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Outrageously missing out on a place at this year’s Oscars, Almost Famous has engraved its way into many hearts with its truth and feeling. This tremendously poetic movie is Director Cameron Crowe’s offering to the music of 70’s. But it becomes so much more than that because of the engulfing truth in the story that makes you addicted from the beginning. I particularly love movies that have that free “anything-goes” atmosphere which has only properly been re-captured in 70’s movies, such as “54” and  “Boogie Nights”.

Almost Famous
William Miller(Patrick Fugit) is a misfit, he doesn’t belong at school and he seems too young for his age group. His Mother (Frances McDormand) a feminist University lecturer is against the youth of the 70’s, with their drugs and rock and roll. His sister is into what ever his Mother isn’t, resulting in her leaving home to be a airplane stewardess and leaving her secret rock records to William when he is 11. William, 15,  becomes a reporter for Creem magazine by submitting his pieces to Reporter Lester Bangs (Phillip Seymour Hoffman) and meets touring Stillwater on his first assignment. He also meets the enigmatic Band-Aid, Penny Lane (Kate Hudson), who he immediately becomes infatuated with and the befriending Lead Guitarist of Still water, Russell (Billy Crudup). And because of his article William lands an assignment with Rolling Stones to go on-road with Stillwater and their entourage, including Penny Lane. This is where William feels he finally belongs and it becomes alot more than just an assignment.

The amazing part about the movie is that it is based on a true story. Director Cameron
Crowe as a teenager actually experienced alot of situations that happened in the film. He also wrote the songs for the “fake” Stillwater - and interestingly enough by what I can work out in the featurette, the actors were the actual band who recorded the songs. Just an AWESOME film with a great soundtrack, watch out for the Elton John’s “Hold me closer tiny dancer” scene on the bus. It’ll bring tears to your eyes, because it’s so real!

Almost Famous
This is seems to be a flawless NTSC anamorphic transfer and it is quite expected from the high quality put out by Dreamworks. There is some filters put onto the film for effect but it is in perfect conditioning with the director’s visioning. To me it has a grainy golden feel to it, which I think would be entirely intentional, representing the era perfectly, it gives it a natural look. At times the film has purpose grain and non-true blacks for scenes such as Stillwater’s Concerts and soft focus’ for the rather true scenes such as Penny Lane’s realisations, but these are for artistic direction not transfer problems. What is remarkable about this transfer is the stunning detail it picks up, making it far more three-dimensional than alot of NTSC discs. It isn’t exactly reference quality because it isn’t the glossy look DVD-lovers have come to expect, but for the source material and the intentional effects, it is stunning. Colours are vibrant at times and dull at others, but once again this would be for artistic effect. It must be noted though that the opening sequence is in a different frame being 1.77:1 and is filmed on a digital camera creating some artifacts, scan lines and analiasing that isn’t present in the 1.85:1 frame. The only inherent problem with the transfer for me is the 4:3 pulldown which is on all NTSC discs. The Layer Change isn’t noticeable. Other than that a perfect edition by DreamWorks and I loved it.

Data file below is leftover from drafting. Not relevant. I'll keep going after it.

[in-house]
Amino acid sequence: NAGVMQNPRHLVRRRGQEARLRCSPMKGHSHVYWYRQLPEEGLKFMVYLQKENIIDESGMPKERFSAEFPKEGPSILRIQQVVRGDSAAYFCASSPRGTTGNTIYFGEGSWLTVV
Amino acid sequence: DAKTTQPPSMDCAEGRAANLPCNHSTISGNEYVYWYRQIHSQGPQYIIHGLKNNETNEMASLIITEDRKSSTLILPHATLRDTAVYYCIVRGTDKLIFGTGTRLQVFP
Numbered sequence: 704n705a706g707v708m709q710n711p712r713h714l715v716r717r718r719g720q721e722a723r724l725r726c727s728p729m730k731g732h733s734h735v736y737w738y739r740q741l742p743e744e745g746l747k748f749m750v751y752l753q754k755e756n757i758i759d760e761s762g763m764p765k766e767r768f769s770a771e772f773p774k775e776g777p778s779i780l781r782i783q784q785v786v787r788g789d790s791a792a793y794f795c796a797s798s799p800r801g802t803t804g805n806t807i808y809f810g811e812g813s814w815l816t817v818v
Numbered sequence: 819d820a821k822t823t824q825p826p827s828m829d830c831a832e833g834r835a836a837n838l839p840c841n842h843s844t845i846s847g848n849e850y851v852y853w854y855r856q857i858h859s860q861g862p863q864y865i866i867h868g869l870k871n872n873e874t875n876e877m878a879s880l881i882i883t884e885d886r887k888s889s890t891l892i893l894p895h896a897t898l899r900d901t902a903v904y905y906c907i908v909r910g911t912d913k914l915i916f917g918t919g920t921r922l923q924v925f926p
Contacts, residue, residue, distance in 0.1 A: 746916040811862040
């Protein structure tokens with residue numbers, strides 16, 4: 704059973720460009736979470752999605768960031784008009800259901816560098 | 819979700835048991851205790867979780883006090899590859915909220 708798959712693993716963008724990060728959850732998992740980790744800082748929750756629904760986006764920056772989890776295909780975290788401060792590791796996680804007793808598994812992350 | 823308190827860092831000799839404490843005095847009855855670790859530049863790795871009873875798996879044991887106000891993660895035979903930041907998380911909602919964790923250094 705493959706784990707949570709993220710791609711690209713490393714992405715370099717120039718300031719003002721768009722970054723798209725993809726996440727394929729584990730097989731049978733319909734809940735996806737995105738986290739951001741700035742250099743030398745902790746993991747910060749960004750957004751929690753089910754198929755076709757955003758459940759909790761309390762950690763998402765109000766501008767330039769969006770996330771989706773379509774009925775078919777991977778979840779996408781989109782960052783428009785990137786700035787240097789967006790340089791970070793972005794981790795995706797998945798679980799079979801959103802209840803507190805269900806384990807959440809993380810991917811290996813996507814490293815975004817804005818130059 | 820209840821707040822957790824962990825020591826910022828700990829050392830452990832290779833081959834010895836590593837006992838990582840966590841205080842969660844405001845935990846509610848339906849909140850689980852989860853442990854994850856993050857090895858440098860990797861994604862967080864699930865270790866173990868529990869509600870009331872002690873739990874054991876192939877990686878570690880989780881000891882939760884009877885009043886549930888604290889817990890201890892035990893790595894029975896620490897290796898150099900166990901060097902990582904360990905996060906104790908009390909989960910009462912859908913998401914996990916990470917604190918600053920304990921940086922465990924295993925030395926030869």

Almost Famous
The Disc comes with 3 different audio’s, but few will actually use the flat “not-as-exciting” DD 2.0. The main difference between the DTS and the DD 5.1 is that the DTS is louder and reveals quite alot more detail than the 5.1, mainly with the surrounds, which become really aggressive. The DTS is more spacious and directional with is separation creating the front speakers to be more open and creates that 360 ambiance that is needed for some of the concert scenes. The audience at the concerts come alive with both and you begin to think you are actually there, which blew me away. I know I started to do a little dance on my couch while watching these’s directional use is reference quality. The only tiny problem I had with the DTS is that LFE increase results in some of the music becoming a smidge out of time and then sounding a little funny. But this happens rarely and is just more forceful than the 5.1 (which is also GREAT) and is shown quite brilliantly in the airplane scene where a bolt of thunder frightened the CRAP out of me! It was AWESOME. And a word of advice for this movie...turn it up really loud, Elton & StillWater deserve IS rock and roll after all!!

Not packed with as many special features as one might of hoped, but the word on the DVD street is that Crowe is working on a Director’s Cut and the new DVD will be released with loads of extras...hopefully an audio commentary too! Out of the random extra’s here: The Stillwater music video combining scenes from the movie with the band playing, the comprehensive Bios of the Cast and Crew and the pages and pages of Rolling Stone articles and production notes. I found the HBO behind-the-scenes featurette “The Making of Almost Famous” to be the best and quite different from the normal doco added onto DVD’s to fill the space. It was very informative and intriguing to find out about Crowe’s past and how he came up with the idea. Sure it has the Cast/Crew praises, but it has an edge because there is SO much information to be collected about this movie, that they had no choice other than to do it. There is also the Theatrical trailer added on...which made me not go to the cinema’s to see this movie...which sucks, cause I missed out!